This is what they call one of those good problems to have. ☺
Meanwhile, per early Spring Training tradition, the new guys are saying all the right things..
- In a USA Today piece on Adrian Gonzalez and Crawford being introduced to the madness that is East Coast baseball (Surviving Grady, which is where I first encountered this, has already nicely excerpted it today as well.)
- And finally, Bobby Jenks, reportedly described among baseball press as looking like "a tattooed Amish farmer," has also been doing his best to sweet-talk his way into our hearts right out of the gate, with numerous gushing quotes to be found about how he truly, madly, deeply wanted to play for the Red Sox, and no one else, for the rest of his natural life, so help him God.
Back at the ranch, new Fenway renovations, including the new HD screens, are almost complete.
Down in sunny Florida, all the beat writers are assuring us the sky is blue, and the air is warm, no matter what Clay Buchholz thinks. Well, at least, compared to what we've been dealing with back here this winter, I would say right now it actually sounds like a divine paradise even if it is (maybe?) an un-Texas-like 44 degrees. . . Clay.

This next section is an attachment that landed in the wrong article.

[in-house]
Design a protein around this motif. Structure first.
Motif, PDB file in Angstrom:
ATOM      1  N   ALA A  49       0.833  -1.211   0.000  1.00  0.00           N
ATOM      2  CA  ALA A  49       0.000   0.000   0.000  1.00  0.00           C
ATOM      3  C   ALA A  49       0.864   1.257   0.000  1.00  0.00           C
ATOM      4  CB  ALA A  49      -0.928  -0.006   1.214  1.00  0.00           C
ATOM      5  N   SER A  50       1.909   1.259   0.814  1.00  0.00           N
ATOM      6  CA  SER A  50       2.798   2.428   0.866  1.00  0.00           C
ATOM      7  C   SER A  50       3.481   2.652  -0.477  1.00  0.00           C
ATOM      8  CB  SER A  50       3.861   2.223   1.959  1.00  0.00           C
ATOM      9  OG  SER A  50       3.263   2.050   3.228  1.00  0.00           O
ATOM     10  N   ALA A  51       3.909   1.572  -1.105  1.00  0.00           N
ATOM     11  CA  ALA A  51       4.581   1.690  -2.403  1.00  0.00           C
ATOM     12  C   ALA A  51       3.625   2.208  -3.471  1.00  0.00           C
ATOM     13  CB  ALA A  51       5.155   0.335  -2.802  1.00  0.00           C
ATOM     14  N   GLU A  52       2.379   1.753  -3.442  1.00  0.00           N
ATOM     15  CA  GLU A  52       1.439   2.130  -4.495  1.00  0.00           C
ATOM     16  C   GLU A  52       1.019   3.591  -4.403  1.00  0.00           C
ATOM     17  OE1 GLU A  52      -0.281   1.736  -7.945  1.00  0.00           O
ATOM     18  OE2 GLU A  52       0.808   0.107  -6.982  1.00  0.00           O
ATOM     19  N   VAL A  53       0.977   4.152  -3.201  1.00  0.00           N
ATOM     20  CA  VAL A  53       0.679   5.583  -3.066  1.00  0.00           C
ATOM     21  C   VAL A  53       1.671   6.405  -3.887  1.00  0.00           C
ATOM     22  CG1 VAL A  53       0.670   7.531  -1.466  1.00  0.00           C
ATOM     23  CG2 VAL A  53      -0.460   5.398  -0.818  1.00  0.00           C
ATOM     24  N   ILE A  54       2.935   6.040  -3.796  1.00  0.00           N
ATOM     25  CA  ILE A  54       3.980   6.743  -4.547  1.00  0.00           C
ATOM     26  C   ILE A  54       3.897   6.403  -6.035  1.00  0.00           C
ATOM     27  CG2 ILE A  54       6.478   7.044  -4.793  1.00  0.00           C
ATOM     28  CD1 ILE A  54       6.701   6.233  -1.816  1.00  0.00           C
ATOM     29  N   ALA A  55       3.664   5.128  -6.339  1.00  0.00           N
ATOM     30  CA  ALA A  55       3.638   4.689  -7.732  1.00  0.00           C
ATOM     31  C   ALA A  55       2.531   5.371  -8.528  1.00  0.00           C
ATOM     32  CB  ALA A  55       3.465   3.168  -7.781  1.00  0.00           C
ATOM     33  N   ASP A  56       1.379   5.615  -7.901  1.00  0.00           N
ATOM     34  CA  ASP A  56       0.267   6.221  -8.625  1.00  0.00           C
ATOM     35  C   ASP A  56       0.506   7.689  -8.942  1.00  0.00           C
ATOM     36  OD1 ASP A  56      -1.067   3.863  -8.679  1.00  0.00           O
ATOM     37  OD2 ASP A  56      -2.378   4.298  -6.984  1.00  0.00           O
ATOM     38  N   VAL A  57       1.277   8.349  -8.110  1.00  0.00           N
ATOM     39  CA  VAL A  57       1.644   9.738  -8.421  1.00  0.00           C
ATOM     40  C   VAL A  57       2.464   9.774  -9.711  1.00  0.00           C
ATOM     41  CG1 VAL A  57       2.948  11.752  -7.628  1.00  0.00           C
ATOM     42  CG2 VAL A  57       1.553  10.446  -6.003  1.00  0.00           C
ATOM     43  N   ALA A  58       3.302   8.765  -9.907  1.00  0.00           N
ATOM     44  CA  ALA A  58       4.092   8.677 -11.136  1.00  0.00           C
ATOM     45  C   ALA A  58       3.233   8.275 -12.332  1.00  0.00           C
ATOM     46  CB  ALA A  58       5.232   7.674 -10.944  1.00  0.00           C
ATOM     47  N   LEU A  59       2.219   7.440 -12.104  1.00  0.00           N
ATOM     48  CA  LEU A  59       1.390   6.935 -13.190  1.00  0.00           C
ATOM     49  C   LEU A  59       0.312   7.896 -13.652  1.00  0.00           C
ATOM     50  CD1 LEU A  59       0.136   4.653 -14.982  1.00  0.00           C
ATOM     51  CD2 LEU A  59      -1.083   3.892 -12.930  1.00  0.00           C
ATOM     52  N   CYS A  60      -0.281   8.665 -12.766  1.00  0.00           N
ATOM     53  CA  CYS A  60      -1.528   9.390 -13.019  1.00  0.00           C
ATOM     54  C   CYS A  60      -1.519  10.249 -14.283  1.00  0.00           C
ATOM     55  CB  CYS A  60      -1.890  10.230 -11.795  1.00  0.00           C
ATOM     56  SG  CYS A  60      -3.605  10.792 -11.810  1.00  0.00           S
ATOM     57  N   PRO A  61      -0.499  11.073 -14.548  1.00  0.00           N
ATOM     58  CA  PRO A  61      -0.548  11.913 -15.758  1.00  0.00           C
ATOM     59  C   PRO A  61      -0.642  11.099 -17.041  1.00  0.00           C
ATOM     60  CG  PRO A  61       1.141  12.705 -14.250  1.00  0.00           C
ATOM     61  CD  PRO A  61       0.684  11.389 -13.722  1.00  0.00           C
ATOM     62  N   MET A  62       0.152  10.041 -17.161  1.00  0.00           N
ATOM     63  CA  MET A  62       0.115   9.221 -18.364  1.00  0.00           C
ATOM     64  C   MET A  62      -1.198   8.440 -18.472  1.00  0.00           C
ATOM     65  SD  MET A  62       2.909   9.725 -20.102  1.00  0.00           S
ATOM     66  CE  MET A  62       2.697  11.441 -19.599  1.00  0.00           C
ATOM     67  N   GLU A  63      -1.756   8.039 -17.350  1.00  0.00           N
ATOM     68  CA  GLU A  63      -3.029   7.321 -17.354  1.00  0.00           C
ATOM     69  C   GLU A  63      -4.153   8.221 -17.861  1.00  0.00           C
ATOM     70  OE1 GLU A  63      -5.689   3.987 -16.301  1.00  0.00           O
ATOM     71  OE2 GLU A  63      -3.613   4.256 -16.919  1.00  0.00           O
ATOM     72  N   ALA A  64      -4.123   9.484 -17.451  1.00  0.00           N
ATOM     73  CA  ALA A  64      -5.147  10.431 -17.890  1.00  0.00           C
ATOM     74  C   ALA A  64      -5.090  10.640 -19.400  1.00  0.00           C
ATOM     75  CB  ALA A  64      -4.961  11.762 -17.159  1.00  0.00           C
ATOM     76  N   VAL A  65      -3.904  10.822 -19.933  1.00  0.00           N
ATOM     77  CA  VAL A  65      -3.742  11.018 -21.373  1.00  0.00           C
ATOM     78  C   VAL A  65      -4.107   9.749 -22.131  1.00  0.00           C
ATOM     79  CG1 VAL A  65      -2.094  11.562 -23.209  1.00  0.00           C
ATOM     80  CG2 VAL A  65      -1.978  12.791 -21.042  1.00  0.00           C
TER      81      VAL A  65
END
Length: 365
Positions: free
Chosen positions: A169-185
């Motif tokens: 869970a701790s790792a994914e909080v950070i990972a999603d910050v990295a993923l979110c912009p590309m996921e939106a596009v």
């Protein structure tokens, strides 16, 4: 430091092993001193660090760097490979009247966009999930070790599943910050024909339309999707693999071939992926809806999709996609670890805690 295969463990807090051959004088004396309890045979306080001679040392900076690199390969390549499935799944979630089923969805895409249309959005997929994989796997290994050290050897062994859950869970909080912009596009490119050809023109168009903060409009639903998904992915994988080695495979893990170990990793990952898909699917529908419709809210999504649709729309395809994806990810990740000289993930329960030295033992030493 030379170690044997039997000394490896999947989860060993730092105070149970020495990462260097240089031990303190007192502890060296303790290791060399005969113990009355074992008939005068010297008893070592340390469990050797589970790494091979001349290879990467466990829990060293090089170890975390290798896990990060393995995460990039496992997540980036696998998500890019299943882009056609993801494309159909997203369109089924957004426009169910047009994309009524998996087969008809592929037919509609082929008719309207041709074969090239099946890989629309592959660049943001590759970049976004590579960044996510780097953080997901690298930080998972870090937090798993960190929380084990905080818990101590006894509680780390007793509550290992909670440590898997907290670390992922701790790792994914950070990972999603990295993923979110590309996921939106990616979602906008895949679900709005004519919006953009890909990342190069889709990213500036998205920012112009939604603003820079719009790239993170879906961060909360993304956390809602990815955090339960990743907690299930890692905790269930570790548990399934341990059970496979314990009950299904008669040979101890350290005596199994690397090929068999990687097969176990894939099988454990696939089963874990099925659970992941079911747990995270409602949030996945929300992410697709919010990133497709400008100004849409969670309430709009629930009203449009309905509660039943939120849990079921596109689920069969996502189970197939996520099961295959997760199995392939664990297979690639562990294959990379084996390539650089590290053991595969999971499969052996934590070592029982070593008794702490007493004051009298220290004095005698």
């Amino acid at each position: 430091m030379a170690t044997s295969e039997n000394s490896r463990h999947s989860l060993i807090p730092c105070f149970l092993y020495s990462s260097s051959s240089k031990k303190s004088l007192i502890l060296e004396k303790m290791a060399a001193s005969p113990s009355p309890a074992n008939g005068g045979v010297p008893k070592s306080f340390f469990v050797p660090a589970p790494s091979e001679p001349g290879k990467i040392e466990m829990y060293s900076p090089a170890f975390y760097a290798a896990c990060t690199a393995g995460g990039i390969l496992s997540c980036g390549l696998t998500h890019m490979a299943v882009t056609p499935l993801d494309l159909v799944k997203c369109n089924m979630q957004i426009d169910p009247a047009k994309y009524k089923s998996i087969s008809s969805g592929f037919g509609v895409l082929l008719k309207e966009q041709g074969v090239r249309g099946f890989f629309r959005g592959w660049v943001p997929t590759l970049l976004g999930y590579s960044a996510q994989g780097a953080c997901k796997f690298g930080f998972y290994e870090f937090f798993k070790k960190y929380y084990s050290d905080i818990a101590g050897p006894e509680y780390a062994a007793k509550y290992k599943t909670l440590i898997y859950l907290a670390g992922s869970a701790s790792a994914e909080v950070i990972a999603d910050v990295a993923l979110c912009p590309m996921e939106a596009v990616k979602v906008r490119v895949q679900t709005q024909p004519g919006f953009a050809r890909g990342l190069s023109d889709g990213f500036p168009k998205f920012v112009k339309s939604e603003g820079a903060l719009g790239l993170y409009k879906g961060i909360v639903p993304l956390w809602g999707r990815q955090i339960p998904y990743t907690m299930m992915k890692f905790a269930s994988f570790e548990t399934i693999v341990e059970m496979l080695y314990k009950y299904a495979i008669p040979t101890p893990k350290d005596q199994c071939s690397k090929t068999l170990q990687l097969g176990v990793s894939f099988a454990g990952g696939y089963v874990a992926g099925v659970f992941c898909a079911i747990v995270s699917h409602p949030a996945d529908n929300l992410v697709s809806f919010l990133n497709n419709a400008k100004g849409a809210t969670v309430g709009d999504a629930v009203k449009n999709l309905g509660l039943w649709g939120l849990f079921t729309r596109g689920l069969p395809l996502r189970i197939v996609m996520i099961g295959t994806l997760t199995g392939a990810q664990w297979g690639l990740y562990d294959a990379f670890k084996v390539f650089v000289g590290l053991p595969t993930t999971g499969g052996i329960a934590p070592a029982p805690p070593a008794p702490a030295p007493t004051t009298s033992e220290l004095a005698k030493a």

Anyway, I'm sure soon enough we'll be back to our usual pedantic arguments on the Web, in the paper and on the radio, and treating those new guys to the love-hate roller coaster every player can expect that dons the Boston uniform. But for today, it's as Cyn wrote at Toeing the Rubber a few days ago --
"This is the time of year that everything is possible in the eyes of baseball fans. Not a pitch has yet been thrown, but we can believe that our team will be in the World Series because there is no one who can tell us differently. Not yet, anyway."